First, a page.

March 4, 2011
Examination Copies of Casebooks: Are No-Resale Stickers Enforceable?
Law professors regularly receive free casebooks and statutory supplements from the legal textbook publishers. We don’t specifically ask for most of these books; the publishers know what courses we teach and send us everything they publish in those subject areas. I assume this practice isn’t confined to law schools, that professors in other fields also receive free textbooks.
Lately, some of those books have arrived with stick-on labels prohibiting resale. For example, a statute book I recently received from Thomson West has the following label on the front cover: “Professor Review Copy: Not for Resale”.
I don’t resell any of the books I receive, and I don’t intend to do so. But, being a curious legal academic, I have wondered if those no-resale stickers are legally binding. The answer, I think, is no.
There is a federal statute, 39 U.S.C. 3009, dealing with unordered merchandise. It provides:
“(a) Except for (1) free samples clearly and conspicuously marked as such, and (2) merchandise mailed by a charitable organization soliciting contributions, the mailing of unordered merchandise or of communications prohibited by subsection (c) of this section constitutes an unfair method of competition and an unfair trade practice in violation of section 45(a)(1) of title 15.”
Most of the books I receive are unordered, but they are free samples, so sending them would not violate federal law. However, subsection (b) of the statute provides: “Any merchandise mailed in violation of subsection (a) of this section, or within the exceptions contained therein, [my emphasis] may be treated as a gift by the recipient, who shall have the right to retain, use, discard, or dispose of it in any manner he sees fit without any obligation whatsoever to the sender.”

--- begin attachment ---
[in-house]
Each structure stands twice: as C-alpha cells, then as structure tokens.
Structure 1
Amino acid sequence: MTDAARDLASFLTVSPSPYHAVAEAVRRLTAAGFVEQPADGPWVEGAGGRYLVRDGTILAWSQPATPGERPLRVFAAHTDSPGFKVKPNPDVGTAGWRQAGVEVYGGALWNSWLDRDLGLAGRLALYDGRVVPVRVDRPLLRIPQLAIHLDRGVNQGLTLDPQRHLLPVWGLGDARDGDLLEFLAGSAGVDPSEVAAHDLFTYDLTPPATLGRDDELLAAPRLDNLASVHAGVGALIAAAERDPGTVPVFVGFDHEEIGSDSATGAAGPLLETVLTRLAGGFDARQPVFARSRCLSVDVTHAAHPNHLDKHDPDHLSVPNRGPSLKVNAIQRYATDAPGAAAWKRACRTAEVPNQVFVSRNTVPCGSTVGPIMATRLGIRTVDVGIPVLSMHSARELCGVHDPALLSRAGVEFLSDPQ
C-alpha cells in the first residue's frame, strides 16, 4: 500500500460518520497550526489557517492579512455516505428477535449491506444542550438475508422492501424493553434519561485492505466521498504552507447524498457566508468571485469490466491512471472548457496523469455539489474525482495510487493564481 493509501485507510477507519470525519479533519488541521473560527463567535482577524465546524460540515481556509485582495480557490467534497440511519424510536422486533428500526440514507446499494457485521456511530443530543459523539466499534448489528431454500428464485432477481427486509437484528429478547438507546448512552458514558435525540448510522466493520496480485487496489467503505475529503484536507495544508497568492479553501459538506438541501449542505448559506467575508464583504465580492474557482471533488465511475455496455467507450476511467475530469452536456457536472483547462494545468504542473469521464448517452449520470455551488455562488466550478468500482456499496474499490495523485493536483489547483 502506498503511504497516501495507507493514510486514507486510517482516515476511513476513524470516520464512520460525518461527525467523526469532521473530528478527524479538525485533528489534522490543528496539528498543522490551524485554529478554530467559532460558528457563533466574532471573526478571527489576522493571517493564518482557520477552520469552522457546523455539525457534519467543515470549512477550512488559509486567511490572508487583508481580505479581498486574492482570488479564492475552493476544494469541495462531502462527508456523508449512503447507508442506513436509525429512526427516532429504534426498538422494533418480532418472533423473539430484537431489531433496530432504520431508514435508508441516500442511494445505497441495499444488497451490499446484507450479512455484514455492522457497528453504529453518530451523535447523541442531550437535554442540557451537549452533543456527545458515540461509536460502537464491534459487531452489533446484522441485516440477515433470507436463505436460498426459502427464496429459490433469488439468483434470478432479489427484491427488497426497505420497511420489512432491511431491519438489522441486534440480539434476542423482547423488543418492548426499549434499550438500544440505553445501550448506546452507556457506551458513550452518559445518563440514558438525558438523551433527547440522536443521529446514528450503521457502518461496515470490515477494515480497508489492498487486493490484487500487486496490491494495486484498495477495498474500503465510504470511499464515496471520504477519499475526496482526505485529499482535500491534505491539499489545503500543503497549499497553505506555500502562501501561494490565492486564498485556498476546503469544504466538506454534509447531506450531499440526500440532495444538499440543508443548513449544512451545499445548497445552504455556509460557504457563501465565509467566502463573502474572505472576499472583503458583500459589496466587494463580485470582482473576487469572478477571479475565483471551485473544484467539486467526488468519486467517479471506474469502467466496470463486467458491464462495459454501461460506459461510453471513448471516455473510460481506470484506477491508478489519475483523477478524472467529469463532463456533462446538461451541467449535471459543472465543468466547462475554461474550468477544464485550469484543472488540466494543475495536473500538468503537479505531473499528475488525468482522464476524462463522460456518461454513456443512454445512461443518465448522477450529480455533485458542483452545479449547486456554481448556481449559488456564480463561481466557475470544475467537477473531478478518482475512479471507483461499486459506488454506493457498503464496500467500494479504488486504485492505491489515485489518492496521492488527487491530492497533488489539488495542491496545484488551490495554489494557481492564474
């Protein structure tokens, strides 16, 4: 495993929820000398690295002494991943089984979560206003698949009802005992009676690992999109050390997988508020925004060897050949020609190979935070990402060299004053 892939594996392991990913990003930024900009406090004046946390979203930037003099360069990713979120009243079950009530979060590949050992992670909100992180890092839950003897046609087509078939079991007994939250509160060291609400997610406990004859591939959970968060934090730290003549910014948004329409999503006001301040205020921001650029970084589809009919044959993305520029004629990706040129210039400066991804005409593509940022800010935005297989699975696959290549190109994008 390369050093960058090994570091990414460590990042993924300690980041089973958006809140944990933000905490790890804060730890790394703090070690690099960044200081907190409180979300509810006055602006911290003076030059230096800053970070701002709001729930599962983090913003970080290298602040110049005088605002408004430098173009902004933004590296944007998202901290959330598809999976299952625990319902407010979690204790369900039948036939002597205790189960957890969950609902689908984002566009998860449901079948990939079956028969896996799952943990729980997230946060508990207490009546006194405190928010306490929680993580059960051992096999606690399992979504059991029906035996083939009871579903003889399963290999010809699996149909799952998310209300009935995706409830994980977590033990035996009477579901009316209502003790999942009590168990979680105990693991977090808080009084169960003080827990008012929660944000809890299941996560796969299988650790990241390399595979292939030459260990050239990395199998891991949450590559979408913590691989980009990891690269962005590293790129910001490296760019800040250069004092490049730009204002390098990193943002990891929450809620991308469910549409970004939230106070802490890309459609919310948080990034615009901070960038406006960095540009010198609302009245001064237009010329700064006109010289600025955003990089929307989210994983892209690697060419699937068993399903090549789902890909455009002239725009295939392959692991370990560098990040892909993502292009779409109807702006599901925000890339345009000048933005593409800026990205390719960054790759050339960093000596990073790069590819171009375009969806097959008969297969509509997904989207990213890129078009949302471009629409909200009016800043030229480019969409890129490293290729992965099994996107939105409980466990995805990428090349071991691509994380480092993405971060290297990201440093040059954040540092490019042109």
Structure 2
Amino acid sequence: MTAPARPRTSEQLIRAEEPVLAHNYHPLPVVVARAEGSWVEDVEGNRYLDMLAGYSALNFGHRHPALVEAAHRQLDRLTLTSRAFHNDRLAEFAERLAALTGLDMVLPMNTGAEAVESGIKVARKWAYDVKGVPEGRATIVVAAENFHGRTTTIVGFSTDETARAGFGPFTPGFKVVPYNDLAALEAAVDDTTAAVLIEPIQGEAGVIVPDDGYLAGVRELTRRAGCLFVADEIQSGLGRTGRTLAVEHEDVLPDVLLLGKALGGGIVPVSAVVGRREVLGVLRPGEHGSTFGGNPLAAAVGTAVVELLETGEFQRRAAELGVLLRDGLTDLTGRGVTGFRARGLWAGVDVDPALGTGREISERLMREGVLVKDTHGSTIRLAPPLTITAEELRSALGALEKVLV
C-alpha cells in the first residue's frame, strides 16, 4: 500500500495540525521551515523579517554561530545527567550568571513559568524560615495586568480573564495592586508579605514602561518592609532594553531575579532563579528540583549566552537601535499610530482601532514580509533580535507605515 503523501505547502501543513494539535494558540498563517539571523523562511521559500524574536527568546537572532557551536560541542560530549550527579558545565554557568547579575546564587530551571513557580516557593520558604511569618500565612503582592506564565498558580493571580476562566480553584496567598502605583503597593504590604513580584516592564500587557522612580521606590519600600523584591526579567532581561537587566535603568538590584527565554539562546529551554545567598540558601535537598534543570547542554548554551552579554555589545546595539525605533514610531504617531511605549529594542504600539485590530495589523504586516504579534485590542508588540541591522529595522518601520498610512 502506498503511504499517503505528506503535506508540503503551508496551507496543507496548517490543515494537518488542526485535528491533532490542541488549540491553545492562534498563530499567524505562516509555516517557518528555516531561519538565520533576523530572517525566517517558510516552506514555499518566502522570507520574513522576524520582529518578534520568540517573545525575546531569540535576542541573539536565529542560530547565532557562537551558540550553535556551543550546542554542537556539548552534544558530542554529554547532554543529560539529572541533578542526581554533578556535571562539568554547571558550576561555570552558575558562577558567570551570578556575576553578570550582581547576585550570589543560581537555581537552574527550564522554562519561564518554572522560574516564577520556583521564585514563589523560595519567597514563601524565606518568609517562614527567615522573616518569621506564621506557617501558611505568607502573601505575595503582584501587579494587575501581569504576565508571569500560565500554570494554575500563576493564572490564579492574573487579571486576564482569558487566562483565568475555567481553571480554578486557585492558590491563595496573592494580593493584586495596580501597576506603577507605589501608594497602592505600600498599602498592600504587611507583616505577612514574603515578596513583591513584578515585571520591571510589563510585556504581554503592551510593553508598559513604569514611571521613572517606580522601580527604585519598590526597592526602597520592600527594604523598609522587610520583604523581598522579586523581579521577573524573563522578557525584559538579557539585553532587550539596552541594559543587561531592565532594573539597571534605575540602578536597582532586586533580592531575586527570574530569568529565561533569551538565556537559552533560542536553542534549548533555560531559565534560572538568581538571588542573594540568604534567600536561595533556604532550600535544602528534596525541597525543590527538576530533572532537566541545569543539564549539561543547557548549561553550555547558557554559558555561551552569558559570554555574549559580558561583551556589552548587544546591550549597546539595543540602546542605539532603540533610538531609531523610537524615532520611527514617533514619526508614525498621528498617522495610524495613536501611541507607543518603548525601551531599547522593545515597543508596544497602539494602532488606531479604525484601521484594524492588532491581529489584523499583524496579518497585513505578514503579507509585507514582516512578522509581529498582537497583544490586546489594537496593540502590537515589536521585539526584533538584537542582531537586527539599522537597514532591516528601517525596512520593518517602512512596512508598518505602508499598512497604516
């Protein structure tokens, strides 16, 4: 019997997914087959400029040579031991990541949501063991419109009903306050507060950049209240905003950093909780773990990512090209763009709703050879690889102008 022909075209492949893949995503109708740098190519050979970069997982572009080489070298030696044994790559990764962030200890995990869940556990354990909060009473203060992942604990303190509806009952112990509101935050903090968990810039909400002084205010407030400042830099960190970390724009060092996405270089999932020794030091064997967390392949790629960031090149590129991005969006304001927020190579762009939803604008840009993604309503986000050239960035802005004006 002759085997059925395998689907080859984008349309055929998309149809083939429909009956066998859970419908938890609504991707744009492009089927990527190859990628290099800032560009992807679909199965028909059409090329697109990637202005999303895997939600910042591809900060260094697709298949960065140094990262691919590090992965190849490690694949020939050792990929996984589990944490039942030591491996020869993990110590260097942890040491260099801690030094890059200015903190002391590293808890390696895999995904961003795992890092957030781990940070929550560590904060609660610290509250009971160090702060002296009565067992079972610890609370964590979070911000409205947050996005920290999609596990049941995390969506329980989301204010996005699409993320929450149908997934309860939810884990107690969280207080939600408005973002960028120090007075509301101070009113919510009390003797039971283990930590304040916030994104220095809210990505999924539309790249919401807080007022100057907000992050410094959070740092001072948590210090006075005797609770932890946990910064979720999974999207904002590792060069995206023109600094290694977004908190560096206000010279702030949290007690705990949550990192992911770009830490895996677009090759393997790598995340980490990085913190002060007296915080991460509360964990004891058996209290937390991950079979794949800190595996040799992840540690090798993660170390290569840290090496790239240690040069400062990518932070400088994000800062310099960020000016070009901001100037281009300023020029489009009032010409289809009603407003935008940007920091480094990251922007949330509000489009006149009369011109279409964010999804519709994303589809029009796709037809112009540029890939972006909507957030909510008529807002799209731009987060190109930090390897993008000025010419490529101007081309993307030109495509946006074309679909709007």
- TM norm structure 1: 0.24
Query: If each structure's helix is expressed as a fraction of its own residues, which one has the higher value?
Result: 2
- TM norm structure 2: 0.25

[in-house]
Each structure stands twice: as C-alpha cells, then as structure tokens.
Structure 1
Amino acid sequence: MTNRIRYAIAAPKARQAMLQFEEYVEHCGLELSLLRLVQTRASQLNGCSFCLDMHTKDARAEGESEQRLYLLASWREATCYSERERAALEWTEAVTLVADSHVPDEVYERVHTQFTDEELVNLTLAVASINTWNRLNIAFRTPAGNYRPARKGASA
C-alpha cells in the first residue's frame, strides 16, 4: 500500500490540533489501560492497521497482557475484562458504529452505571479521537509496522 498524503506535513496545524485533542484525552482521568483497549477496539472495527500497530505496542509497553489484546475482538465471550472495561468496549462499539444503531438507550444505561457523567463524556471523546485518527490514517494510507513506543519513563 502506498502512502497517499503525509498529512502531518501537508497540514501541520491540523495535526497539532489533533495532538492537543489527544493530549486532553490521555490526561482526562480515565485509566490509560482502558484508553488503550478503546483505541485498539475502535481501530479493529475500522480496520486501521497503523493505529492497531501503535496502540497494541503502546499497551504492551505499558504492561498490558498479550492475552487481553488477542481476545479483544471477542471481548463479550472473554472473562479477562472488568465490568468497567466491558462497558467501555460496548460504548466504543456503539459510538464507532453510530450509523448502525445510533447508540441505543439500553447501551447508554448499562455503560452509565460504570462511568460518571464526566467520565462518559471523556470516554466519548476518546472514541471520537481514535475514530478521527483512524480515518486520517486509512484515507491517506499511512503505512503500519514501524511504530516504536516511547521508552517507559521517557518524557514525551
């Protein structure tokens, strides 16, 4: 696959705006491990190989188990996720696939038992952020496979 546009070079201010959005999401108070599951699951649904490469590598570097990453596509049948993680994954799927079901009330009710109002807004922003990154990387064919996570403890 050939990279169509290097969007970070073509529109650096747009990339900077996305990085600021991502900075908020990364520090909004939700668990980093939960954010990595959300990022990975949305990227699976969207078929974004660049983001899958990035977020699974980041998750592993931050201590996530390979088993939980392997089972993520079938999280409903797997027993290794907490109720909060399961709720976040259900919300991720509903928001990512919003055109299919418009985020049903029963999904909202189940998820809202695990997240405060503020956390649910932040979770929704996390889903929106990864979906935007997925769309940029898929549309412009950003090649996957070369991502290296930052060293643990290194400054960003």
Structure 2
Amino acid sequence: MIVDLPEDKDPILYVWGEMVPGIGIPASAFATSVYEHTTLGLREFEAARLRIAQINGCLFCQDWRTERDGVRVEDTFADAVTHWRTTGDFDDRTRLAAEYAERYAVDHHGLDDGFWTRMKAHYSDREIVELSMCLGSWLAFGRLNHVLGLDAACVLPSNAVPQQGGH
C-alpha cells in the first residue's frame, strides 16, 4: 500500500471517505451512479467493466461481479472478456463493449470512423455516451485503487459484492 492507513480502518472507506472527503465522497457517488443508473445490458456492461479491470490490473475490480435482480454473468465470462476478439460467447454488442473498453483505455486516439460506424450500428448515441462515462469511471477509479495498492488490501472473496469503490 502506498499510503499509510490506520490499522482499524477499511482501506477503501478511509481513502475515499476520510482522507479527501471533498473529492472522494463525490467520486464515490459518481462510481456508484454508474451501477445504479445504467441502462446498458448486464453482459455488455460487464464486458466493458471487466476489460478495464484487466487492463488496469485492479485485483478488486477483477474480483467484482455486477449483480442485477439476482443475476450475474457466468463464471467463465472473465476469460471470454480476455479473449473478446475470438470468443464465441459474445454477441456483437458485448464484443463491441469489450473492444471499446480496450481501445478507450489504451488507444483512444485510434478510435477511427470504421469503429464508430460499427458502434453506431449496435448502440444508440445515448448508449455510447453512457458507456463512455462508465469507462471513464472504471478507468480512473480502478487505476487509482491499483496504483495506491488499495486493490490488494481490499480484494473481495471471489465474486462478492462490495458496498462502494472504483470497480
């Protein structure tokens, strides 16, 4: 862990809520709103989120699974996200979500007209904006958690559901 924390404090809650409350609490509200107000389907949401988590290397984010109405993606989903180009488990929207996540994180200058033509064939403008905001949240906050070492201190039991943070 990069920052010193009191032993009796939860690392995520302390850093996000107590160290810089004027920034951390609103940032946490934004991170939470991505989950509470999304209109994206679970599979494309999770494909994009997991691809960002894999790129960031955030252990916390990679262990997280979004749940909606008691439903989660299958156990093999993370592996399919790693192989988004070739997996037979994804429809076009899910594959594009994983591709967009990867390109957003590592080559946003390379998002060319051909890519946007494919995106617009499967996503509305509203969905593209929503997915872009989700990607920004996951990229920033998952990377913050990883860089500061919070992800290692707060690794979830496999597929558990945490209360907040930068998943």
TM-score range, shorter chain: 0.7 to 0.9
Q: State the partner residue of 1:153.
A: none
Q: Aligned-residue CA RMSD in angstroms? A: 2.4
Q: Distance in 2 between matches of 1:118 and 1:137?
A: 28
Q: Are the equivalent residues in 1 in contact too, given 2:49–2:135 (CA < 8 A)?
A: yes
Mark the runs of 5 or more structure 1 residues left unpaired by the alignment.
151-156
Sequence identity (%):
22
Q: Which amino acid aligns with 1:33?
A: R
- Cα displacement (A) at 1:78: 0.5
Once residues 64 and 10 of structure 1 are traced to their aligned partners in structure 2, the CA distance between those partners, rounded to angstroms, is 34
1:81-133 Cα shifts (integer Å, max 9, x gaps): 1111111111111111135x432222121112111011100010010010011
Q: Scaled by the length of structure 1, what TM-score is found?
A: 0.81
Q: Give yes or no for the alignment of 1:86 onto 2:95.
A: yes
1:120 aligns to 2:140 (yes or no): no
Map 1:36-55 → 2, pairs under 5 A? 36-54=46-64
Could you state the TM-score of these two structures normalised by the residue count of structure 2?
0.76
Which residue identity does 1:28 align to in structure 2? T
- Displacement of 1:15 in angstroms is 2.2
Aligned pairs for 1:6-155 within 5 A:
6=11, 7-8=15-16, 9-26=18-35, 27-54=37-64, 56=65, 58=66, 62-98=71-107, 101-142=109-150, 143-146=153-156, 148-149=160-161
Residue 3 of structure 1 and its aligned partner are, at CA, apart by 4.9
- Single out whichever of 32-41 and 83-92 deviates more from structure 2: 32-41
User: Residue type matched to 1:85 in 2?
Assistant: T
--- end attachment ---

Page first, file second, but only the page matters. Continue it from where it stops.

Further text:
Note that subsection (b) covers not only merchandise sent in violation of the statute but also merchandise like the books I receive that falls within the free sample exception—merchandise mailed “within the exceptions” to subsection (a). Therefore, I have the right to use or dispose of them “in any manner . . .[I see] . . . fit, without any obligation whatsoever to the sender.” That would undoubtedly include reselling them, so those labels have no effect whatsoever.
Moreover, subsection (b) goes on to provide: “All such merchandise shall have attached to it a clear and conspicuous statement informing the recipient that he may treat the merchandise as a gift to him and has the right to retain, use, discard, or dispose of it in any manner he sees fit without any obligation whatsoever to the sender.” None of the books I receive include such a statement; in fact, the labels seem to suggest just the opposite.
Of course, this analysis would not apply to books I specifically ask a publisher to send. If I request a book, it is not “unordered” and the statute would not apply.
March 4, 2011 | Permalink